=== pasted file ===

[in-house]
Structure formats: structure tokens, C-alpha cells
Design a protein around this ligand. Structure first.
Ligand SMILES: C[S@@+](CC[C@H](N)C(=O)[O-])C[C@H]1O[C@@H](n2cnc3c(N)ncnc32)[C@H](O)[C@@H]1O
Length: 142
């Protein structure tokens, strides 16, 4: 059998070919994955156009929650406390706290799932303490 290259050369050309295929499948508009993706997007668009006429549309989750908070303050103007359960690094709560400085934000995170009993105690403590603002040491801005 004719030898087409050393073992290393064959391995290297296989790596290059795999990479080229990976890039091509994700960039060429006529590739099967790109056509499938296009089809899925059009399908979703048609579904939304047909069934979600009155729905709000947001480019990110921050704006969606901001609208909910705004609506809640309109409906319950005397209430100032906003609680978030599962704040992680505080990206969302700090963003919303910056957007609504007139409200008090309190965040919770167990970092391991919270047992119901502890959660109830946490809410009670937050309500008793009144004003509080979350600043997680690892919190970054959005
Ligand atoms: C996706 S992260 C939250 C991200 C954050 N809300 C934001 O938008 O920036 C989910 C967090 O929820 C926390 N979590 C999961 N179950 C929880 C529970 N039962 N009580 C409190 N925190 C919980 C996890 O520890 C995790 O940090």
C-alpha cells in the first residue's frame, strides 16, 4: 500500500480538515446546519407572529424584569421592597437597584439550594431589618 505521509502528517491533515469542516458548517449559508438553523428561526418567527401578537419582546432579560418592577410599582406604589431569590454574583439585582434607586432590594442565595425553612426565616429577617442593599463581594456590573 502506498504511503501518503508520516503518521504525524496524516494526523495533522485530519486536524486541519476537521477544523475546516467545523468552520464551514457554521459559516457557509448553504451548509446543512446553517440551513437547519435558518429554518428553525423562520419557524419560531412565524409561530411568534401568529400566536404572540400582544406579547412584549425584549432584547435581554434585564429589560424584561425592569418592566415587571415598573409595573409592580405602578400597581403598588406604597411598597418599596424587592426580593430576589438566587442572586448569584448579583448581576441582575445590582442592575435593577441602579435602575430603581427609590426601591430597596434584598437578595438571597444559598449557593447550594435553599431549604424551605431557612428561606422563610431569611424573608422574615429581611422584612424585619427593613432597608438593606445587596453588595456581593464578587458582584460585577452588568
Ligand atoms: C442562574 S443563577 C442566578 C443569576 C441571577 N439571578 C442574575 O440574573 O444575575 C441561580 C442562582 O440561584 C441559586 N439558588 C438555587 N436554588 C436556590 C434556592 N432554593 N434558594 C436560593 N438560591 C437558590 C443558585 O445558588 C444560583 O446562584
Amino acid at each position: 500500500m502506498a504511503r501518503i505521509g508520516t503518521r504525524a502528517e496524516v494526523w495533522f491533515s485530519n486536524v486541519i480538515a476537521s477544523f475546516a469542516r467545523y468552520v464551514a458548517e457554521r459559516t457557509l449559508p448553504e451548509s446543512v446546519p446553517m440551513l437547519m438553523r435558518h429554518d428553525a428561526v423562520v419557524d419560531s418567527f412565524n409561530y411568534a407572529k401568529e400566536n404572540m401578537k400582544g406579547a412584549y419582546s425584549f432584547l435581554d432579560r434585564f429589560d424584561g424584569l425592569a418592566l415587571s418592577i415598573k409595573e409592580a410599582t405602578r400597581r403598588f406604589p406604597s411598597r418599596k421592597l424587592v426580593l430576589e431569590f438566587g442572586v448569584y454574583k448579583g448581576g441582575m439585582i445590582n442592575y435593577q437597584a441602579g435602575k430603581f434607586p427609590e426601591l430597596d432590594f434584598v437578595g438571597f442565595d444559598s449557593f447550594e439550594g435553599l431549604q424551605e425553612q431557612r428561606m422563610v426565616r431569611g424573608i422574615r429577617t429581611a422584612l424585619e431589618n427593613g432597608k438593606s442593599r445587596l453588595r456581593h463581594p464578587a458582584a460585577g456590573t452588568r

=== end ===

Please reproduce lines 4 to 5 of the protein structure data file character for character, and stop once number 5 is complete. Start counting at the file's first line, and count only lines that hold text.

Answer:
Ligand SMILES: C[S@@+](CC[C@H](N)C(=O)[O-])C[C@H]1O[C@@H](n2cnc3c(N)ncnc32)[C@H](O)[C@@H]1O
Length: 142